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Discussion in 'Engines From Castings' started by vcutajar, Dec 1, 2011.
I'm not exactly sure why it might not work but it sure looks nice!
When I deviate from plans there is always that nagging feeling that it might not work. My reasoning of changing the float chamber into a fuel tank is that if the Kiwi worked with fuel just coming from a plastic pipe then why shouldn't it work with this method. Still keeping my fingers crossed.
That's an amazing first effort. Well done!
If it don't work......You can make a fuell tank like Jan Ridders. He takes the fumes from the fuell. So it will never been too rich. I know all about engines & the fuell...But I'am not able to build it. Now I build a flame eater from Jan , but it is a lot of trial & error. But I learnd somethinges right now , zeroing the mill. That helps me a lot.
Nice one Barry. Keep it up. I am also still learning things. The trick is to jump in and give it a try with something easy and do not worry if you make mistakes. We all do them.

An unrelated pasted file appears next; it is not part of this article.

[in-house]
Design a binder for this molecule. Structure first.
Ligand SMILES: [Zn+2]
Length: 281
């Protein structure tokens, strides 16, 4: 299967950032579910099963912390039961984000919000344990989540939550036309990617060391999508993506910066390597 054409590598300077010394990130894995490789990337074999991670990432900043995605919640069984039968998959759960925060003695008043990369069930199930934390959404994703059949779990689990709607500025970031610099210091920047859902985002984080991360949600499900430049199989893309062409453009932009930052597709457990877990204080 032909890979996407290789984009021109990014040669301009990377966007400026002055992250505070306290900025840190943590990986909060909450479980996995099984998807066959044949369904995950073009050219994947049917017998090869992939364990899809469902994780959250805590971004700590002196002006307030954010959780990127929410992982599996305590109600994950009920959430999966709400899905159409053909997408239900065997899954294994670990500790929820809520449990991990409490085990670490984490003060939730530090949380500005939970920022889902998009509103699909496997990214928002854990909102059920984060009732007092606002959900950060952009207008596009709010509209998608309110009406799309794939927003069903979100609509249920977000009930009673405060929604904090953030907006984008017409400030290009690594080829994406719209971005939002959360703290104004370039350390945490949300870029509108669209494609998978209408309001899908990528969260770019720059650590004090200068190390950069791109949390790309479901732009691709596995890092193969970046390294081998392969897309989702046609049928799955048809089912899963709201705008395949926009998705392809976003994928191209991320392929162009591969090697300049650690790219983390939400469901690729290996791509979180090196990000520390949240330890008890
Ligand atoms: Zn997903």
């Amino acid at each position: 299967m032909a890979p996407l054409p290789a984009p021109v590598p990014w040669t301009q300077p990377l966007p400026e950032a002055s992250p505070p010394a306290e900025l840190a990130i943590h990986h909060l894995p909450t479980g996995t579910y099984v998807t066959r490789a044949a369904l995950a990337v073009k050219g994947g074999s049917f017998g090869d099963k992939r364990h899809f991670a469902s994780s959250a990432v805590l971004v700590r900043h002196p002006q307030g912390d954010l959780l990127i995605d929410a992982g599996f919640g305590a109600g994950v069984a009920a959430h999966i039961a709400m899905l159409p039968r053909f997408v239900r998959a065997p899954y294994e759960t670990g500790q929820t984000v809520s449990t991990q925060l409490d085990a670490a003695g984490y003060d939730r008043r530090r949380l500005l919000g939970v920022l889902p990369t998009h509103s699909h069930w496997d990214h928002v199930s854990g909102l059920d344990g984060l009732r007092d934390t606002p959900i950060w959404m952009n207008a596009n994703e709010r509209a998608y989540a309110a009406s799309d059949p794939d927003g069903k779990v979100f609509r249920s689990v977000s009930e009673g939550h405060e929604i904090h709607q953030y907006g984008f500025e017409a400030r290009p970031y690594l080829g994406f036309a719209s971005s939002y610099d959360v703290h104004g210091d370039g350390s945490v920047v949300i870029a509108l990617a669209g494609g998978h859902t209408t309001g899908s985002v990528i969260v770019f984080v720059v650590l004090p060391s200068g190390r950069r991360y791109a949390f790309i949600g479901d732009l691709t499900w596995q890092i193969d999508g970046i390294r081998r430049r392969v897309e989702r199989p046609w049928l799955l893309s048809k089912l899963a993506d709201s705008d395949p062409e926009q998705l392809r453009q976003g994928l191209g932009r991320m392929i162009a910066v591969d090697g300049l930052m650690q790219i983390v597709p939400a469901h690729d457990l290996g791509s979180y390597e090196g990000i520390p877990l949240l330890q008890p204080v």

I made a dummy fuel inlet nipple (photo 1) which will screw into the bottom of the tank. This will make it look like the real float chamber.
I had some spare time and started looking at the exhaust pipe. The few photos I managed to find on the internet of the Kiwi all had a short straight exhaust pipe. I thought why not make a longer pipe with a 90 deg bend? Truth be told, I have never bent brass pipe, only copper. I took out my miniature pipe bender and tried to make the bend.
Well, you guessed it, total failure (photo 2). Tried again but this time very slowly. Still no joy. Actually even worse (photo 3). Blaming the pipe bender, I tried a 10mm copper pipe (did not have 8mm) and it made a very nice bend. Maybe brass pipe is not meant to be bent. So, the exhaust pipe has to be straight unless I use copper pipe but for some reason copper pipe for the exhaust did not look good on the Kiwi.